He betrayed his wife. He used friends as pawns in illegal schemes.
For years, he bilked the federal government out of tens of millions of dollars in fat federal military construction contracts meant for disabled veterans, women and African-Americans.
And on Tuesday morning, Thomas Brock of Camden faced his reckoning.
“I find you guilty,” U.S. District Judge Michelle Childs told Brock, 61, in a sparsely attended hearing at the U.S. federal courthouse in Columbia.
Brock will be sentenced in December and is free on bond until then. He could be sentenced to up to nine years in prison, assistant U.S. Attorney DeWayne Pearson said Tuesday.
Brock had no comment as he left court with his two lawyers, Ed Givens and Ravi Sanyal. He is the last of seven people involved in his illegal schemes to plead guilty.
In previous hearings, prosecutors and others have described Brock as the “mastermind” behind a scheme to use disabled veterans — one of whom was his wife, Tory Brock — and an African-American, Cory Adams, to apply for military construction projects meant for minorities.
Four earlier defendants in Brock’s schemes got probation. Another, Jerry Eddins, got two years. Brock’s former lover, Allison Amanda Smalls, who with Brock worked up a separate scheme to get millions of dollars from a New York City lender, got six years in prison.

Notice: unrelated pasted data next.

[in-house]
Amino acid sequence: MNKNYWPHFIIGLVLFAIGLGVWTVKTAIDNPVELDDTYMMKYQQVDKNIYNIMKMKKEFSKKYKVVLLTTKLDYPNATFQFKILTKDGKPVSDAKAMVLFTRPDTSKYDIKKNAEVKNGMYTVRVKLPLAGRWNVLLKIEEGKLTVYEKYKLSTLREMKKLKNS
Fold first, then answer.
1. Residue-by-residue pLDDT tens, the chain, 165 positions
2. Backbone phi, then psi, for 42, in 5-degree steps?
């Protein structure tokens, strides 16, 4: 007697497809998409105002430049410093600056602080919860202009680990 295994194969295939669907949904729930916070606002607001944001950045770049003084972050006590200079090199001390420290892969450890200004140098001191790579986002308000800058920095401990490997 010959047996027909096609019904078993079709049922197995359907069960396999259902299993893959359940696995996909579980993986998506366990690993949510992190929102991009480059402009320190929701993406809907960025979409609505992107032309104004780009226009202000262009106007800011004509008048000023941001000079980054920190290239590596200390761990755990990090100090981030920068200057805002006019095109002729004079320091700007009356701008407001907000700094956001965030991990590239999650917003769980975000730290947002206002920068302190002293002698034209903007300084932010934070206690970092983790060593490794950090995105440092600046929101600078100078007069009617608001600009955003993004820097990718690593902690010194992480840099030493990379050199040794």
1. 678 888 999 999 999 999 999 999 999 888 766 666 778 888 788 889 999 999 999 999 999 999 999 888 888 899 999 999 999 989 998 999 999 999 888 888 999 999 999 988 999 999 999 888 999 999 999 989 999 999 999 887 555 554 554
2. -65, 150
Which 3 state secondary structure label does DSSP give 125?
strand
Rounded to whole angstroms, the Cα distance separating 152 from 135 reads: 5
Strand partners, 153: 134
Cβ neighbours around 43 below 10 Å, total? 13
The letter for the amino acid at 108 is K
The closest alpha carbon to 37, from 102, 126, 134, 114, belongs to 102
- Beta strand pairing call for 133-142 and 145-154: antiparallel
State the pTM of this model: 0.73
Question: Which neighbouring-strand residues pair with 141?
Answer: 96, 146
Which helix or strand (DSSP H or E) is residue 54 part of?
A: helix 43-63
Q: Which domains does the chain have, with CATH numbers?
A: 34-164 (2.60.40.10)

Although Pearson did not give a total dollar amount Tuesday for the military construction contracts Brock illegally won, in previous hearings, Pearson has put the figure at $350 million. All the work was actually done; Brock pocketed millions in profits from the projects, and his schemes ran from the early 2000s to about 2013.
Brock’s companies completed work at Fort Jackson and Shaw Air Force Base in South Carolina and Fort Bragg in North Carolina, as well as at the Savannah River Site.
At Tuesday’s hearing, Pearson told the judge Brock spent some of his ill-gotten profits on buying condominiums, a hair salon for a friend and “large acreages” in Kershaw. Brock also spent more than $500,000 to renovate his house, Pearson said.
Although Brock made plenty of money from his schemes, he often spent more than he was earning, Pearson told the judge.
More details about Brock’s financial dealings are expected to emerge at his sentencing hearing in December. Brock was originally indicted in August 2016 along with six others.
Brock and the others were out to enrich themselves “by fraudulently securing federal contracts pursuant to ... (federal) programs when they were not eligible to obtain those contracts ...,” an indictment in the case said.